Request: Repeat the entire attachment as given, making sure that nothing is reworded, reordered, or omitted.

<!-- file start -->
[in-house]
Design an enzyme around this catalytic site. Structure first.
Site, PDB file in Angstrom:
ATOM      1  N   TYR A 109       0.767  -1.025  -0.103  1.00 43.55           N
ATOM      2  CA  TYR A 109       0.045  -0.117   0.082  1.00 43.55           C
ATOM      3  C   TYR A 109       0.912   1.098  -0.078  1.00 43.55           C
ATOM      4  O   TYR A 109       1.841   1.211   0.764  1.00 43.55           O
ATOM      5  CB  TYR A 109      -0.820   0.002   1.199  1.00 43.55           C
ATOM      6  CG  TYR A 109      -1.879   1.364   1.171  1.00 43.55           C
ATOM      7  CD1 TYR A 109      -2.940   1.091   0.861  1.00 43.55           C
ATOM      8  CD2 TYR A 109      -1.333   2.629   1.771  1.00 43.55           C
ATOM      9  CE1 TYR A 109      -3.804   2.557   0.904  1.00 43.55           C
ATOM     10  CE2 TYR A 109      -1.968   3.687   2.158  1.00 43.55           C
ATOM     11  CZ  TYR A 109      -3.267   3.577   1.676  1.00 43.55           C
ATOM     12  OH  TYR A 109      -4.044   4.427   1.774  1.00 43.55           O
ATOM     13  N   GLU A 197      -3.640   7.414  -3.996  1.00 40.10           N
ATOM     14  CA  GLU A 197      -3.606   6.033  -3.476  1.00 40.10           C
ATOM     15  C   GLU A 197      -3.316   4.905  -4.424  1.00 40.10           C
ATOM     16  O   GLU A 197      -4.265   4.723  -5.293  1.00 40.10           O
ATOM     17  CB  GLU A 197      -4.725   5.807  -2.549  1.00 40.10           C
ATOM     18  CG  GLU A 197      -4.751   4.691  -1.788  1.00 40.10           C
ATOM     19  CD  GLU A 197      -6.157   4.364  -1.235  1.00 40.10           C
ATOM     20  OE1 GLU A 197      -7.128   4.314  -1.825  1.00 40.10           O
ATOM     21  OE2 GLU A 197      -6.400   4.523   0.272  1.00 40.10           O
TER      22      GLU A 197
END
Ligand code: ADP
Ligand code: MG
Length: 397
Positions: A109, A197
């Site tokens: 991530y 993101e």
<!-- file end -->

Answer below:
[in-house]
Design an enzyme around this catalytic site. Structure first.
Site, PDB file in Angstrom:
ATOM      1  N   TYR A 109       0.767  -1.025  -0.103  1.00 43.55           N
ATOM      2  CA  TYR A 109       0.045  -0.117   0.082  1.00 43.55           C
ATOM      3  C   TYR A 109       0.912   1.098  -0.078  1.00 43.55           C
ATOM      4  O   TYR A 109       1.841   1.211   0.764  1.00 43.55           O
ATOM      5  CB  TYR A 109      -0.820   0.002   1.199  1.00 43.55           C
ATOM      6  CG  TYR A 109      -1.879   1.364   1.171  1.00 43.55           C
ATOM      7  CD1 TYR A 109      -2.940   1.091   0.861  1.00 43.55           C
ATOM      8  CD2 TYR A 109      -1.333   2.629   1.771  1.00 43.55           C
ATOM      9  CE1 TYR A 109      -3.804   2.557   0.904  1.00 43.55           C
ATOM     10  CE2 TYR A 109      -1.968   3.687   2.158  1.00 43.55           C
ATOM     11  CZ  TYR A 109      -3.267   3.577   1.676  1.00 43.55           C
ATOM     12  OH  TYR A 109      -4.044   4.427   1.774  1.00 43.55           O
ATOM     13  N   GLU A 197      -3.640   7.414  -3.996  1.00 40.10           N
ATOM     14  CA  GLU A 197      -3.606   6.033  -3.476  1.00 40.10           C
ATOM     15  C   GLU A 197      -3.316   4.905  -4.424  1.00 40.10           C
ATOM     16  O   GLU A 197      -4.265   4.723  -5.293  1.00 40.10           O
ATOM     17  CB  GLU A 197      -4.725   5.807  -2.549  1.00 40.10           C
ATOM     18  CG  GLU A 197      -4.751   4.691  -1.788  1.00 40.10           C
ATOM     19  CD  GLU A 197      -6.157   4.364  -1.235  1.00 40.10           C
ATOM     20  OE1 GLU A 197      -7.128   4.314  -1.825  1.00 40.10           O
ATOM     21  OE2 GLU A 197      -6.400   4.523   0.272  1.00 40.10           O
TER      22      GLU A 197
END
Ligand code: ADP
Ligand code: MG
Length: 397
Positions: A109, A197
């Site tokens: 991530y 993101e």